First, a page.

• Davis was also interviewed by Yahoo! Health News about the importance of fetal tissue donation. This led to another piece on Yahoo! Health News about why women may choose to donate fetal tissue.
  • Board chair-elect Dr. Willie Parker was interviewed by Cosmopolitan about why he is standing with his colleague Dr. Deborah Nucatola at Planned Parenthood. His interview was quoted in an RH Reality Check article about why abortion providers should take legal action against the Center for Medical Progress. Parker also appeared on the news program Democracy Now!
  • Former Physicians board chair Dr. Suzanne Poppema published an op-ed in the Seattle Times in response to the attacks on Planned Parenthood.
  • Leadership Training Academy (LTA) alumna Dr. Sandra Penn spoke to the Albuquerque Journal in reaction to protests in New Mexico that aimed to intimidate women, defund Planned Parenthood, and interfere with access to safe and legal abortion.
  • LTA alumna Dr. Jennifer Kerns spoke to Public News Service about the attacks, noting, “Fetal tissue research is a longstanding area of research, and one that has consistently advanced science and medicine. Every member of society has benefited from treatment discoveries that have been made from this research.”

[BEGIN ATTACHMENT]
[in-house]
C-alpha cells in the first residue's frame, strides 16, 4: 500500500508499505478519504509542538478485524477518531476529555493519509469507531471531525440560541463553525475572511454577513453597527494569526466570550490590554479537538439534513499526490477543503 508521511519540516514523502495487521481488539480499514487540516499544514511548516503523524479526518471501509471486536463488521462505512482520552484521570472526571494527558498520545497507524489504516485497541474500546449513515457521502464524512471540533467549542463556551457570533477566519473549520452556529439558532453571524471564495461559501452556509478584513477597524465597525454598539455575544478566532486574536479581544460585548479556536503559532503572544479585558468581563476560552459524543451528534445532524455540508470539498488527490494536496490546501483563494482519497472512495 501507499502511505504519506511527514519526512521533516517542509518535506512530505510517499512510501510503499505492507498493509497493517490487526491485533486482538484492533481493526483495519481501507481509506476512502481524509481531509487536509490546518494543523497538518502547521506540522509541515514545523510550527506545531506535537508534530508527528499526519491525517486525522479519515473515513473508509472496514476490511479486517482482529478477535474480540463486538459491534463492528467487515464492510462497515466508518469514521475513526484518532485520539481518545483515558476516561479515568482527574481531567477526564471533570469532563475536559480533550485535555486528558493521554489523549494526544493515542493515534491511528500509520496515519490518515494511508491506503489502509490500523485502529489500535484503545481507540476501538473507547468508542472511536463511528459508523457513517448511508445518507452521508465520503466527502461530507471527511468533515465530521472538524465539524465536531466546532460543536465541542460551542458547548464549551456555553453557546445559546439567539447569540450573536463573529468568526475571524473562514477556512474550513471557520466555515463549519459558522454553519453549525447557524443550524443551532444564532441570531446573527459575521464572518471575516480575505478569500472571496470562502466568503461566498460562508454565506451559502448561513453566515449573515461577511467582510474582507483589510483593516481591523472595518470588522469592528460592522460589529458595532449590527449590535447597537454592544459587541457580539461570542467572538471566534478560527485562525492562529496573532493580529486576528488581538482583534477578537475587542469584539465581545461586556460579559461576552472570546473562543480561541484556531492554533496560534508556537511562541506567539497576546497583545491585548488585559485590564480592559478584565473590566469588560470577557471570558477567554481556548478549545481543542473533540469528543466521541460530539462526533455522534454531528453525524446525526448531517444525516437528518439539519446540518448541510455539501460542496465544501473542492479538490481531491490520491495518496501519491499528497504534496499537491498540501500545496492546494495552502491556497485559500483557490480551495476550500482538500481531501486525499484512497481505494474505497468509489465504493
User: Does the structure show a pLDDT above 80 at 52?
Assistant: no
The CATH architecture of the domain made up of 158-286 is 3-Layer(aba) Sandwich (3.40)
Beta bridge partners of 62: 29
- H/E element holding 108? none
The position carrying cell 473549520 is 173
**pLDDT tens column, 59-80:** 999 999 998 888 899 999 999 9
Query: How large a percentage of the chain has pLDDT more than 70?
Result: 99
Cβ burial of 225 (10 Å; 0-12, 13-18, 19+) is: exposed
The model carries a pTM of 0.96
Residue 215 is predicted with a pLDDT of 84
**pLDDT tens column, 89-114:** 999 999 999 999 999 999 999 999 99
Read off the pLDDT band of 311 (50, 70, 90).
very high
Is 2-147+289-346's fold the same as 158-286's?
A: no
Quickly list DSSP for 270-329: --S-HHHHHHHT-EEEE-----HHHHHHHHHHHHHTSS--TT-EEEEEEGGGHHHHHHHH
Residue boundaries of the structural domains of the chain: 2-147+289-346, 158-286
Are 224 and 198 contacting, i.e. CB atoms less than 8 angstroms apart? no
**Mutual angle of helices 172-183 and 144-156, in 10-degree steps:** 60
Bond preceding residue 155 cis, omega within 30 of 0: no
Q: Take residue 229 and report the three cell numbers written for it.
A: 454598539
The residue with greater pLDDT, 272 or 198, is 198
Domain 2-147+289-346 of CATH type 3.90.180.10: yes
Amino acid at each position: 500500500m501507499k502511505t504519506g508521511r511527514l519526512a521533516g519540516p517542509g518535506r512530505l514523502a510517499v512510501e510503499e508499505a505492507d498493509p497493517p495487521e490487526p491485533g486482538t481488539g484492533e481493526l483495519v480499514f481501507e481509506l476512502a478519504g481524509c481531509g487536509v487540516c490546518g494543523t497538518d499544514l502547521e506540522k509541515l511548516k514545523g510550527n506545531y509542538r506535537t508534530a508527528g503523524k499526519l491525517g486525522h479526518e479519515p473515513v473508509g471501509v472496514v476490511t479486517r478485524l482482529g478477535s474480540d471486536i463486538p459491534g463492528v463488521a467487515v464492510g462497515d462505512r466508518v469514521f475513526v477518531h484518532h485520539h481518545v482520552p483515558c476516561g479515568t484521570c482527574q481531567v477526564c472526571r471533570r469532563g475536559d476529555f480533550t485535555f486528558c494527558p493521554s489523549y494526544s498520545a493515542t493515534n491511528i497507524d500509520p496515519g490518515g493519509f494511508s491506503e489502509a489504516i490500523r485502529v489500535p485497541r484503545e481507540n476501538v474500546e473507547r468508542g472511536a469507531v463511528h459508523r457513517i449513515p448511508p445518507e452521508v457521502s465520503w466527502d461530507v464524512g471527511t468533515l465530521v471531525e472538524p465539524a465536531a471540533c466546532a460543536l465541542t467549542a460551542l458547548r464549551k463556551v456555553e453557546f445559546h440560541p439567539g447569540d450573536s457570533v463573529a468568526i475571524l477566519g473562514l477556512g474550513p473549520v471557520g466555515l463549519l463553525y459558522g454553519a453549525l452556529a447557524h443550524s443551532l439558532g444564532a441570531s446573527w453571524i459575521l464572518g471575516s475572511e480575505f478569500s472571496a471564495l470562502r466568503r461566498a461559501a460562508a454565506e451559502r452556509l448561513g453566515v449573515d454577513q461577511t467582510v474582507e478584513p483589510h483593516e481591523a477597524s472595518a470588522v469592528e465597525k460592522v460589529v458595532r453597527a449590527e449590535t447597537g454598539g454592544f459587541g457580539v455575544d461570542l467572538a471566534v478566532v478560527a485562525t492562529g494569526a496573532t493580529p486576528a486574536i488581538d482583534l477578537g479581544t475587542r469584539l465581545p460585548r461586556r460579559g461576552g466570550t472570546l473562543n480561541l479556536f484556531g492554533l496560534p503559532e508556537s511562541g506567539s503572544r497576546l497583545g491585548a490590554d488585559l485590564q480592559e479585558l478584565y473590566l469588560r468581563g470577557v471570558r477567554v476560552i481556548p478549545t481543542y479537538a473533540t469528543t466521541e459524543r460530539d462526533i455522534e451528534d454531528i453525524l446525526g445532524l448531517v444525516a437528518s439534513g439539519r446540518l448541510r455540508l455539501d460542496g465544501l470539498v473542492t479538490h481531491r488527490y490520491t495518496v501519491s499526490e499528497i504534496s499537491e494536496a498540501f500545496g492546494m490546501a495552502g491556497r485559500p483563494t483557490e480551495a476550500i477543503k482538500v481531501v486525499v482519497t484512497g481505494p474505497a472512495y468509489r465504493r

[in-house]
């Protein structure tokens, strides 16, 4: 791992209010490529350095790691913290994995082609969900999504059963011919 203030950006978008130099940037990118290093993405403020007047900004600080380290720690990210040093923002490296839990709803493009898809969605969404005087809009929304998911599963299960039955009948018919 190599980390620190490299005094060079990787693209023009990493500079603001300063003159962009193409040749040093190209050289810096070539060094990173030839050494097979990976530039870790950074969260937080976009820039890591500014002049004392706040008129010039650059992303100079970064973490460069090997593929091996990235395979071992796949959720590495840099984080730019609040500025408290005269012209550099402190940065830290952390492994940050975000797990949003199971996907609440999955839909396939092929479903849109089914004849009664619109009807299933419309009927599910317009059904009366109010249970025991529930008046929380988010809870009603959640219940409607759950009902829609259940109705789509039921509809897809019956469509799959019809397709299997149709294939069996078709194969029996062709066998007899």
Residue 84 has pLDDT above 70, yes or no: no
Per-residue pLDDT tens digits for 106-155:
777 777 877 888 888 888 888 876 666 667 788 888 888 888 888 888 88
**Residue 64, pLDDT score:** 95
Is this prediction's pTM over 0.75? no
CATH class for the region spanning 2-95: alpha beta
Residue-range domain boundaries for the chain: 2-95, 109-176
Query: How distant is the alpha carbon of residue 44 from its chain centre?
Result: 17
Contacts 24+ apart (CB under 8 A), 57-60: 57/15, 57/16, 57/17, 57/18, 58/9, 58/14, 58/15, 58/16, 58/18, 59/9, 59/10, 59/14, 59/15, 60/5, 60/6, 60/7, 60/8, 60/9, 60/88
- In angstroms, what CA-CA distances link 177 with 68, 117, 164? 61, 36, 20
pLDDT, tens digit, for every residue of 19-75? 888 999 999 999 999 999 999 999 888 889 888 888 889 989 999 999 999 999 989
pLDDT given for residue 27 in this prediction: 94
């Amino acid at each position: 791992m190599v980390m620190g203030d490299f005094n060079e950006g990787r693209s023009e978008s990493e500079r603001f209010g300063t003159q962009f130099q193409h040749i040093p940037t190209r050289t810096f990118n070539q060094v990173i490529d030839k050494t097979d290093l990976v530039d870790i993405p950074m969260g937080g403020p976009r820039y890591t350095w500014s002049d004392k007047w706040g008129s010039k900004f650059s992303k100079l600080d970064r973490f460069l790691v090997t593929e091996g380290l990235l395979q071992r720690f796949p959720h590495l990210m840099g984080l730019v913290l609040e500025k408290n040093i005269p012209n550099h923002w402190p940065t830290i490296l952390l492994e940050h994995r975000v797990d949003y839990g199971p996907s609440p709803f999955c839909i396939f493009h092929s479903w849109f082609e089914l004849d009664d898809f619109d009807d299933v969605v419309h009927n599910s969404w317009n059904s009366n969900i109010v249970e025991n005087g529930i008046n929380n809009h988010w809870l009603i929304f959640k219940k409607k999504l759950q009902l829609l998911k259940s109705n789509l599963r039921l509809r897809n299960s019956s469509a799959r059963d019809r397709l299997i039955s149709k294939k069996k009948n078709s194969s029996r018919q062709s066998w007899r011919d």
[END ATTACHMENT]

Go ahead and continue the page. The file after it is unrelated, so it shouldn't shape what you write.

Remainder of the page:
• LTA alumna Dr. Leah Torres published a letter in the Salt Lake Tribune outlining the impact that defunding Planned Parenthood would have on the health and wellbeing of Utahns.

As an organization dedicated to ensuring that all people have access to comprehensive reproductive health care, we will continue to be alert to opportunities to speak out, to show our support for Planned Parenthood and all of our allied organizations, and to protect our doctors.

Illinois Minors’ Access Card

We are thrilled to announce the arrival of the 2015 Minors’ Access Card for the state of Illinois, available for download here.

We have updated this popular and important resource to reflect current state law and statutes and organized the information so that it will be easily understood by clinic staff and medical professionals who work with teen populations.

This updated Minors’ Access Card clarifies Illinois state laws around confidentiality and parental notification and provides guidelines for clear communication between physicians and their patients, all of which are essential when providing services to adolescents on critical reproductive and sexual health topics.

This card is the result of a collaboration with the Illinois Caucus for Adolescent Health, the Roger Baldwin Foundation of the American Civil Liberties Union, Inc., the Great Lakes Regional Chapter of the Society of Adolescent Health and Medicine, and local physician experts who are part of our Adolescent Reproductive and Sexual Health Education Program.

Why I Provide